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Mumma's baby, papa's maybe?

DNA is a double-stranded polymer of nucleotides. Abhishek Kabra, a student from the department of MCJ, Tezpur University pens down about paternity leave.

Mumma’s baby, papa’s maybe?

Sentinel Digital Desk

Abhishek Kabra

(Department of Mass Communication and Journalism, Tezpur University. He can be reached at

A DNA or Deoxyribonucleic acid is usually a double-stranded polymer of nucleotides. However, while writing about this in his school, maybe a Prime-Time news anchor made a spelling mistake. He read 'stranded' as 'standard' and thus, every night there's a national news channel running a programme of similar standards and not very different name.

While reading the theme and the headline, you might feel why did I mention the same in an article about paternity leave. However, it is because of the show that people who were already divided on their opinions about paternity leave went to use 'patriotism' as armour to oppose the concept of such leave. In recent times, Virat Kohli, the Captain of Indian Men's Cricket Team took paternity leave and all at a sudden, it became a pinata for the news channels to smash and expect some fast TRP to fall.

Firstly, when paternity leave and patriotism are brought into comparison, we need to look at it from a wider perspective. When a father who takes paternity leave, no matter he is 'Virat Kohli' or my father, he is actually being more patriotic. Because, by taking such leave, he is giving a message to the society that parenthood is not just about motherhood but equally fatherhood. He is laying stones for a patriarchy affected nation to re-think the notions concerning the pre-fixed 'gender roles' where, in a heterosexual relationship, a father is expected to be a bread-earner and a mother to take care of the household. When a child is born in an environment where she/he receives more of maternal care and sees her/his father managing the family purse, the first prints of gender inequality are imbibed in the minds of the children. And with this getting continued, patriarchy triumphs, as always, the case has been. So, in such an unequal world, someone taking or allowing a paternity leave is highly patriotic and another 'national duty.' The faster it spreads, the greater is the intensity of building a gender-neutral nation. Our Constitution speaks about Right to Equality and paternity leave, thus can be a big step in making this constitutional right attained.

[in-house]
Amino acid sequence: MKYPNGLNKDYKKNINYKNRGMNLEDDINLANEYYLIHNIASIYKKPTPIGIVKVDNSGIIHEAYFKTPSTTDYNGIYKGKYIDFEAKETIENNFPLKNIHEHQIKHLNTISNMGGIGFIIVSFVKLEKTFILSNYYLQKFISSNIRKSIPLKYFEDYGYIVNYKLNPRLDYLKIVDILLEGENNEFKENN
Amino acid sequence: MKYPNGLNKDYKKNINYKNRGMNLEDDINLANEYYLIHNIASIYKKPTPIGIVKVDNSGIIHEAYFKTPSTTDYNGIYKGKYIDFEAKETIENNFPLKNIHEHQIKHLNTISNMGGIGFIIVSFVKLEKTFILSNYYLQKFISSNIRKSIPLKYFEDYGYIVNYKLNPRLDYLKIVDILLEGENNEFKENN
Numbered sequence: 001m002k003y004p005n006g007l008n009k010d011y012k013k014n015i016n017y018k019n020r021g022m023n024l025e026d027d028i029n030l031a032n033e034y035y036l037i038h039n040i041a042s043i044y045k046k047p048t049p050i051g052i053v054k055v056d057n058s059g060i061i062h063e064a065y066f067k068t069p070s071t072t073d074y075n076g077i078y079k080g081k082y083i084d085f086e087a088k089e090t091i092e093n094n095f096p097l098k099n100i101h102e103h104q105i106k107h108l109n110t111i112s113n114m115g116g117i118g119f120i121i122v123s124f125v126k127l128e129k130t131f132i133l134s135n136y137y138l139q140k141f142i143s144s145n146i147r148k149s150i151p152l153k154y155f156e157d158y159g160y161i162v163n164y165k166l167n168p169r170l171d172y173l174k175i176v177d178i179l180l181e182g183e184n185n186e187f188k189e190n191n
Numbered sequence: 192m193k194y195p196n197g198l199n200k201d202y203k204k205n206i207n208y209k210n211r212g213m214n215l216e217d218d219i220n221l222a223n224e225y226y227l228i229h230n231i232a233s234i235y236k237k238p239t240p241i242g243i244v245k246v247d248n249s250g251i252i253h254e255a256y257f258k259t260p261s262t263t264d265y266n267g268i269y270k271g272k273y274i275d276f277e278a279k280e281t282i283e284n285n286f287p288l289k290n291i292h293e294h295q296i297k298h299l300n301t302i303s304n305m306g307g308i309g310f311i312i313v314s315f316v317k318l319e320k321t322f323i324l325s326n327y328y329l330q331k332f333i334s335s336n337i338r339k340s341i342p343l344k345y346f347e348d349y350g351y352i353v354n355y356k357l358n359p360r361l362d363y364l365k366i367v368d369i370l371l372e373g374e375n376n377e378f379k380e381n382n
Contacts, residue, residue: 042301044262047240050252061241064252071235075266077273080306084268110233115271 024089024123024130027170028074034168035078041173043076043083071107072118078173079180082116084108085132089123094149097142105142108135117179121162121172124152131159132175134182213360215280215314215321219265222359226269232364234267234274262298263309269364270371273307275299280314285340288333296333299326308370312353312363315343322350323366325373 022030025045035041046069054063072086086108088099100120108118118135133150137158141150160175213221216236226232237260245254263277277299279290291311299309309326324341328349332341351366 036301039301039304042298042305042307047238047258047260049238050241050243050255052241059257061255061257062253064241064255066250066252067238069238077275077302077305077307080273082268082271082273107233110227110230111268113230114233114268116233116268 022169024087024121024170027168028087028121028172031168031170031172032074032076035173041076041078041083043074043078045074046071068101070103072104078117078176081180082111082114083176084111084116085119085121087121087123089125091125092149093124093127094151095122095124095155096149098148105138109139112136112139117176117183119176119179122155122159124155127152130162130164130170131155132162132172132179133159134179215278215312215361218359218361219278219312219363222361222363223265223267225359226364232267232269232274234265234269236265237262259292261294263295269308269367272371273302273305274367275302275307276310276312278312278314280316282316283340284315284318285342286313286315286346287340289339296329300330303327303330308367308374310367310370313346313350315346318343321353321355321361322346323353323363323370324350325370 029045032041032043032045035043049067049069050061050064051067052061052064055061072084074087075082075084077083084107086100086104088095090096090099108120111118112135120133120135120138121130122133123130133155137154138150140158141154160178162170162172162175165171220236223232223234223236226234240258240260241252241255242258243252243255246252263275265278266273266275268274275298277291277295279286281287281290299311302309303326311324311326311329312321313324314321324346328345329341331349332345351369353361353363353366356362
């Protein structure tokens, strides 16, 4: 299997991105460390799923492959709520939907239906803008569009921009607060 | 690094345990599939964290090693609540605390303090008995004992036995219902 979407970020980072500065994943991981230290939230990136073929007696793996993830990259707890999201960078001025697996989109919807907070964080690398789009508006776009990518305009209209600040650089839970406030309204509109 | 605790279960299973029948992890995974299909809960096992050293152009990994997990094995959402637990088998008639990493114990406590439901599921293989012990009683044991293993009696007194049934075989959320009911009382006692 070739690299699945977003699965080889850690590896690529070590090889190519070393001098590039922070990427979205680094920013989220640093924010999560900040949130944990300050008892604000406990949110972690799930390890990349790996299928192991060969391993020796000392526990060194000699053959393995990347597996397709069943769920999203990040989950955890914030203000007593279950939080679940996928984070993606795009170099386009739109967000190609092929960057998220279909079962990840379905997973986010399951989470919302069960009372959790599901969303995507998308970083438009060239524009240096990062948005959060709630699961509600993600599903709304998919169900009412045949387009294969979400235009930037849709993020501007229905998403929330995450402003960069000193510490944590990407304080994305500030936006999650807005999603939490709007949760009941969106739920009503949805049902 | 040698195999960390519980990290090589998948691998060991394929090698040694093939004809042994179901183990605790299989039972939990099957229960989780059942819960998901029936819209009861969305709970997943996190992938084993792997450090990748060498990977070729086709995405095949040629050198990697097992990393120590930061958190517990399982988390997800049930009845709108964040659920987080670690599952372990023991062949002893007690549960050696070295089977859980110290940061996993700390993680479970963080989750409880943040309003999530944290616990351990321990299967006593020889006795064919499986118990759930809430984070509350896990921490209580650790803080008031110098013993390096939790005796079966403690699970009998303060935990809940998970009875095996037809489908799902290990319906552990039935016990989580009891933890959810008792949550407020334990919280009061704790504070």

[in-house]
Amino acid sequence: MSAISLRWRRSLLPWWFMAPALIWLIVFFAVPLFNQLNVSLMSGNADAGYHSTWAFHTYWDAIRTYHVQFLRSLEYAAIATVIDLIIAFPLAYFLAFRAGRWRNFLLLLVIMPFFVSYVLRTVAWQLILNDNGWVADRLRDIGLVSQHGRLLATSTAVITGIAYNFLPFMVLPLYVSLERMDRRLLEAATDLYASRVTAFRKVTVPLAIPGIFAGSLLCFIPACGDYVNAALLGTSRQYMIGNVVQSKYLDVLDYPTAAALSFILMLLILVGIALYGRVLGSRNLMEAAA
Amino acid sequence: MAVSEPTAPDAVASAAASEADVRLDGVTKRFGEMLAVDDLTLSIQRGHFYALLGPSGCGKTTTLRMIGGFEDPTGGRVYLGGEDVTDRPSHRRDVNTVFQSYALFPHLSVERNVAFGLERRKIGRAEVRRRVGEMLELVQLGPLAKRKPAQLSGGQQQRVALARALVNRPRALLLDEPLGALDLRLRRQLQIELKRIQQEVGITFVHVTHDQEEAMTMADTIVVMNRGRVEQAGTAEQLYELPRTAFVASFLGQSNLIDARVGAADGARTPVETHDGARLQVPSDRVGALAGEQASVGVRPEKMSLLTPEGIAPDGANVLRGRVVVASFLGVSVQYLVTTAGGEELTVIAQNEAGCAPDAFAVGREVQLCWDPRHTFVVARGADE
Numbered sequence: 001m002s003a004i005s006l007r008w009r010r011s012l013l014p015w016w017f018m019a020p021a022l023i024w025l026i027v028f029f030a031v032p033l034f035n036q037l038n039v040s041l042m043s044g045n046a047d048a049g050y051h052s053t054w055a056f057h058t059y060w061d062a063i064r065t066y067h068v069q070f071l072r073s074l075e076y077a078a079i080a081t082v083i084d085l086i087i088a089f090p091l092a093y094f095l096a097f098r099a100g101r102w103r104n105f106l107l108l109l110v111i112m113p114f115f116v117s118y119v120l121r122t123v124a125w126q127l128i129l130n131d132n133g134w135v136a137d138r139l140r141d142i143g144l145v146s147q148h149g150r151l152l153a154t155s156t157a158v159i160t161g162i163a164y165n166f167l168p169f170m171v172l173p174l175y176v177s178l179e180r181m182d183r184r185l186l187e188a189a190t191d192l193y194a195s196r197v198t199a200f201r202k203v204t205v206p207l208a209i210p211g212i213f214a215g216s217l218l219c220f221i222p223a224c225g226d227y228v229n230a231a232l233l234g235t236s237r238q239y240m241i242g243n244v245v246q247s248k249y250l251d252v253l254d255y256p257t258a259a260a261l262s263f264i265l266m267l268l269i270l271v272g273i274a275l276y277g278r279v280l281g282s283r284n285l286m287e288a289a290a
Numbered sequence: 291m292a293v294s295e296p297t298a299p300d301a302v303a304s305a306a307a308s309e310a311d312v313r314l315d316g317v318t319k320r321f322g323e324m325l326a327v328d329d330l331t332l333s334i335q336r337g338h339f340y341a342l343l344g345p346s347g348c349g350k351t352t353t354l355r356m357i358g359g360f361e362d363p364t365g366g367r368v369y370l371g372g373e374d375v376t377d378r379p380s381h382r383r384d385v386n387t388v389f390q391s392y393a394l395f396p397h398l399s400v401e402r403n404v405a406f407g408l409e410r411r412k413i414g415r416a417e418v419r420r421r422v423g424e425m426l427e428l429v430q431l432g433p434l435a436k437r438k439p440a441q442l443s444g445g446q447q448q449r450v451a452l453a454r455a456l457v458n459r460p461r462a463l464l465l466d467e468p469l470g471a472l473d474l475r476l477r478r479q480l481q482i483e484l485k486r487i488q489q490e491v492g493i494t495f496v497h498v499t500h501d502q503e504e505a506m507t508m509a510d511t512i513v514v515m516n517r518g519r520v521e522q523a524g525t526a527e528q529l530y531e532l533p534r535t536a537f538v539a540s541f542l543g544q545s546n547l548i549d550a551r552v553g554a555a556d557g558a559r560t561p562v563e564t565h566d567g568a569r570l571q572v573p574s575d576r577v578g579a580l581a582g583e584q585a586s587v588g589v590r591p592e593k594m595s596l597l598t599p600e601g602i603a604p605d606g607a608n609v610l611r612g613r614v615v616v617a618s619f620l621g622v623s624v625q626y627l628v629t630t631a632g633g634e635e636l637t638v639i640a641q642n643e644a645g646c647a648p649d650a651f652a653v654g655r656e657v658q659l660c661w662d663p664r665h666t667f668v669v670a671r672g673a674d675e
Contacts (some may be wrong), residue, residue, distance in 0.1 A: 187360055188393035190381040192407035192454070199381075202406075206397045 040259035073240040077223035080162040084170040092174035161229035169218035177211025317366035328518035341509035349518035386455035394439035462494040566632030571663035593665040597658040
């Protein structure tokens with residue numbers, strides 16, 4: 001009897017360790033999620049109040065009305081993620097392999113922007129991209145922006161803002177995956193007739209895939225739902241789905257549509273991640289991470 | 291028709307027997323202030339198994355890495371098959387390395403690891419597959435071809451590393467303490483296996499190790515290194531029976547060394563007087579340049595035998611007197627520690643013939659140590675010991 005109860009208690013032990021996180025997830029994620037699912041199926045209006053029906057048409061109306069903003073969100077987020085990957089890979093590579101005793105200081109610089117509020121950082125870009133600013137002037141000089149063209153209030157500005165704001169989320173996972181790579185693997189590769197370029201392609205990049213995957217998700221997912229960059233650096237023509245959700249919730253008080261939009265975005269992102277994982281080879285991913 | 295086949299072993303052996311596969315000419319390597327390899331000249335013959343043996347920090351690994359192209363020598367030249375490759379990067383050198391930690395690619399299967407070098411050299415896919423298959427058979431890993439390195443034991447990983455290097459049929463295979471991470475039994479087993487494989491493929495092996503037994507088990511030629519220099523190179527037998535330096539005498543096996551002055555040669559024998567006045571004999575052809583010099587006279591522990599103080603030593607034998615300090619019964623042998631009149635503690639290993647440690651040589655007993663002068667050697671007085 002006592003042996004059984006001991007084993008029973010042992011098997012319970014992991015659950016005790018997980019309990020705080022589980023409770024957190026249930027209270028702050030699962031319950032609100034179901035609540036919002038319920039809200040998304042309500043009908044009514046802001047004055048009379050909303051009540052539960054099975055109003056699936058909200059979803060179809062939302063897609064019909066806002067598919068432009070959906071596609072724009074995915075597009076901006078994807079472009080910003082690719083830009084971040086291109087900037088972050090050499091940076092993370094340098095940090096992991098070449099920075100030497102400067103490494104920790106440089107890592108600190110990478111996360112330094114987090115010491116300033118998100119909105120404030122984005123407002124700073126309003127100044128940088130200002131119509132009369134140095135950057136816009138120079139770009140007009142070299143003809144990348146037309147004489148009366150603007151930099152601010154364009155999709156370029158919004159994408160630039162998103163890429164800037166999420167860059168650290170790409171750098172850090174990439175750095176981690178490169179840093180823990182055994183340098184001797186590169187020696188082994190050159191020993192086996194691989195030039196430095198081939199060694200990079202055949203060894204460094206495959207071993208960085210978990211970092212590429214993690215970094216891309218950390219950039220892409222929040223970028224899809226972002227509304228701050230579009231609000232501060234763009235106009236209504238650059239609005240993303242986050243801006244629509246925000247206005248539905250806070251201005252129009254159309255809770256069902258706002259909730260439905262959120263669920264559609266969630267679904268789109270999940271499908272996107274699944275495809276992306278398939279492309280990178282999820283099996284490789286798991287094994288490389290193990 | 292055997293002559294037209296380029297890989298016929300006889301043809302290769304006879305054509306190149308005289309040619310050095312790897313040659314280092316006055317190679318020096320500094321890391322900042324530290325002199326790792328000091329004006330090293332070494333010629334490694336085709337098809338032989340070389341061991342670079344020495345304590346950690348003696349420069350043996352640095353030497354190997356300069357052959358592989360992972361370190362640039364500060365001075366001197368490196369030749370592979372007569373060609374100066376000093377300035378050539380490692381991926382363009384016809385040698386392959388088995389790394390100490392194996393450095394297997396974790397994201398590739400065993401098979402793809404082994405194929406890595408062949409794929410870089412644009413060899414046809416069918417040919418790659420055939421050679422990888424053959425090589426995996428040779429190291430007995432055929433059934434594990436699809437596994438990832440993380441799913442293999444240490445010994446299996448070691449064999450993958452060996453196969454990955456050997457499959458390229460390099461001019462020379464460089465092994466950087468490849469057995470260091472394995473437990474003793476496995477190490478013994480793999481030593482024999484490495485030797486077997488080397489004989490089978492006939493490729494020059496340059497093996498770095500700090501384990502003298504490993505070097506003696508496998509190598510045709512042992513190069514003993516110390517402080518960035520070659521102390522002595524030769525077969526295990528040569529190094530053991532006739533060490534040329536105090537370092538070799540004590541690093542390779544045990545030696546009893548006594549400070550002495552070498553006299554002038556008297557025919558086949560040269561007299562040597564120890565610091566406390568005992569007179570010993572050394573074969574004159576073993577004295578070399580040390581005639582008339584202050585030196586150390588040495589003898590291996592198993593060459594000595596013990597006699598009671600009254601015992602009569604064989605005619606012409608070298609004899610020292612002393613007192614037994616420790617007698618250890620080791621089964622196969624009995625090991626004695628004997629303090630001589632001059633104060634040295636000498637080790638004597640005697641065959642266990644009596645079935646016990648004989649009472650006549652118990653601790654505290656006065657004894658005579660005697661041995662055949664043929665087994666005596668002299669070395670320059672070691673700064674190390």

Second, there are debates over the number of days the paternity leaves should be given. In India, it is as low as 15 days for the father, in comparison to countries like Norway, Finland or Japan. To the people who have a habit of comparing our country to just Pakistan need to have a look at the world map and realise that there are countries beyond it, doing better than us. But, to utter contrary, this time they can pick Pakistan in real sense. As, their paid paternity leave, though not enough, is more than India. The number of days becomes an important factor because, the early care that an infant needs, could be shared by both the parents.

Thirdly, let us dig into the matter deeper. There's a bubble of toxic masculinity pervading the Indian Society. People still expect fathers to be 'tough' and men to not exhibit their emotions. And the corollary to such beliefs is that emotionally expressive men are weak. And a paternity leave, in this regard can be a strong tool to counter this mindset to the extent that people normalise a father being equally emotionally involved, in the journey of raising a child.